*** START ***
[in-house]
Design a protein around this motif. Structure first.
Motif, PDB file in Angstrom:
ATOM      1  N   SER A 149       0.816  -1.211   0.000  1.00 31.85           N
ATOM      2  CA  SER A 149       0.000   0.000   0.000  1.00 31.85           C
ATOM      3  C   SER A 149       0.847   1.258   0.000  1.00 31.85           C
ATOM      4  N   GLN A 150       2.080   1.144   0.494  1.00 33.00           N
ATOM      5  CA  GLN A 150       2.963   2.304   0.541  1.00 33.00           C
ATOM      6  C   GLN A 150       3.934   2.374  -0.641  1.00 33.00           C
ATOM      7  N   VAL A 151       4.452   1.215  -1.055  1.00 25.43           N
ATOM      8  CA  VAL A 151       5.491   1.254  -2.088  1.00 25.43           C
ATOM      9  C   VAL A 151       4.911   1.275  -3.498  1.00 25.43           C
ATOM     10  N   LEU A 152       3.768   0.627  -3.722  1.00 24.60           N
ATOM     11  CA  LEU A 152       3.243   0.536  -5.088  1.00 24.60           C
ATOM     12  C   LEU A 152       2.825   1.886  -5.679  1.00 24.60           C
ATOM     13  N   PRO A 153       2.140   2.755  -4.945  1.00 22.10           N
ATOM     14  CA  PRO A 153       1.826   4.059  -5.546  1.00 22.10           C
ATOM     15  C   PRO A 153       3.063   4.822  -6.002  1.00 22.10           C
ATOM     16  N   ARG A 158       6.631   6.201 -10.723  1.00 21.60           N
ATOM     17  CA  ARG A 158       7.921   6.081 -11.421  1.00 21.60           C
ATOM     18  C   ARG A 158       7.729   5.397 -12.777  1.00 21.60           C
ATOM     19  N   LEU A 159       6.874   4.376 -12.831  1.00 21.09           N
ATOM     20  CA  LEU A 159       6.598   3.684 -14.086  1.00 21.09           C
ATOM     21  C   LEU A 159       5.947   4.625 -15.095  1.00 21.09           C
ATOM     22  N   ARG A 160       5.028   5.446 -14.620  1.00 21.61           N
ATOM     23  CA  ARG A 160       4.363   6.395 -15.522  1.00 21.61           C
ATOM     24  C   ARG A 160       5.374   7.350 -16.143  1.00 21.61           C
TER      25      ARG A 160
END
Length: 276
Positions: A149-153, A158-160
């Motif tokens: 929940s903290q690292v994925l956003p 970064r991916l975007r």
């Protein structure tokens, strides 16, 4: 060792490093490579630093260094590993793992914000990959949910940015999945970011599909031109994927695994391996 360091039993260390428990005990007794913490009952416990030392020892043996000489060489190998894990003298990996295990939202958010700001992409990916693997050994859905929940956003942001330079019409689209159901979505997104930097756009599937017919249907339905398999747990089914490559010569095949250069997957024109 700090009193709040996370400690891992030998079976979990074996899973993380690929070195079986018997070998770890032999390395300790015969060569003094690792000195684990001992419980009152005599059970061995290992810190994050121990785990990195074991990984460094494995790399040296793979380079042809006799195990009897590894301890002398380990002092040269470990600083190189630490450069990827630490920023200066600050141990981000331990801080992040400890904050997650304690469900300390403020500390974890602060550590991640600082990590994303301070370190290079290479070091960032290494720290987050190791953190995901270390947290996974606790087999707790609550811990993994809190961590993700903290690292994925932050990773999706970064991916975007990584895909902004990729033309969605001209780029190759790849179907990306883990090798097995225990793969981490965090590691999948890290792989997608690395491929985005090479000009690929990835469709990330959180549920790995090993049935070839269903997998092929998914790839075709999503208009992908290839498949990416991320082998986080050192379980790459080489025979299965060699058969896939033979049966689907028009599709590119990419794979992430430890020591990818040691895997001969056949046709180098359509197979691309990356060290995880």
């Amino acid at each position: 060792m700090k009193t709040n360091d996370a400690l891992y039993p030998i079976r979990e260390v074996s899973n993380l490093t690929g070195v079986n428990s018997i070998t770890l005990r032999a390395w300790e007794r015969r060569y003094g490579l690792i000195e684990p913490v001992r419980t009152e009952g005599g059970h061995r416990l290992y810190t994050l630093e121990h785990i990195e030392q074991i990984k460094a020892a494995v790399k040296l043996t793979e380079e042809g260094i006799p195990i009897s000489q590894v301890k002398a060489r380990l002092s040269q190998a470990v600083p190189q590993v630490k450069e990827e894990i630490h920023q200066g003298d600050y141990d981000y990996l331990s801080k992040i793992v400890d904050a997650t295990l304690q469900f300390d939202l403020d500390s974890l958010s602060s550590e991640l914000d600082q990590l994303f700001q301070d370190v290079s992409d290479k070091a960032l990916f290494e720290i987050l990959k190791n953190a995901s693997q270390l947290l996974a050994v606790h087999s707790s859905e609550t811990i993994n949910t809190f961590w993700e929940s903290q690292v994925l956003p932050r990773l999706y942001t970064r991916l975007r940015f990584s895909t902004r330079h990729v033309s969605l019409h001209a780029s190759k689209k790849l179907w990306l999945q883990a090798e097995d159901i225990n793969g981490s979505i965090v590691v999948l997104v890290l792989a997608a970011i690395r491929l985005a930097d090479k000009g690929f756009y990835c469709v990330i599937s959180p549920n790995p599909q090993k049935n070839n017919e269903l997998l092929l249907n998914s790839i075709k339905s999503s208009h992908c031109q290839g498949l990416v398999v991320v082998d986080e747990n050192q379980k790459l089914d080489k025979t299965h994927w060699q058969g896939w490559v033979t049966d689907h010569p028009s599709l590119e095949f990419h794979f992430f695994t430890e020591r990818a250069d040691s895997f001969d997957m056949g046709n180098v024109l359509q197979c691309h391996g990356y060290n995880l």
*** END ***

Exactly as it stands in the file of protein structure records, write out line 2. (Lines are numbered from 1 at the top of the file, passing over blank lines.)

Design a protein around this motif. Structure first.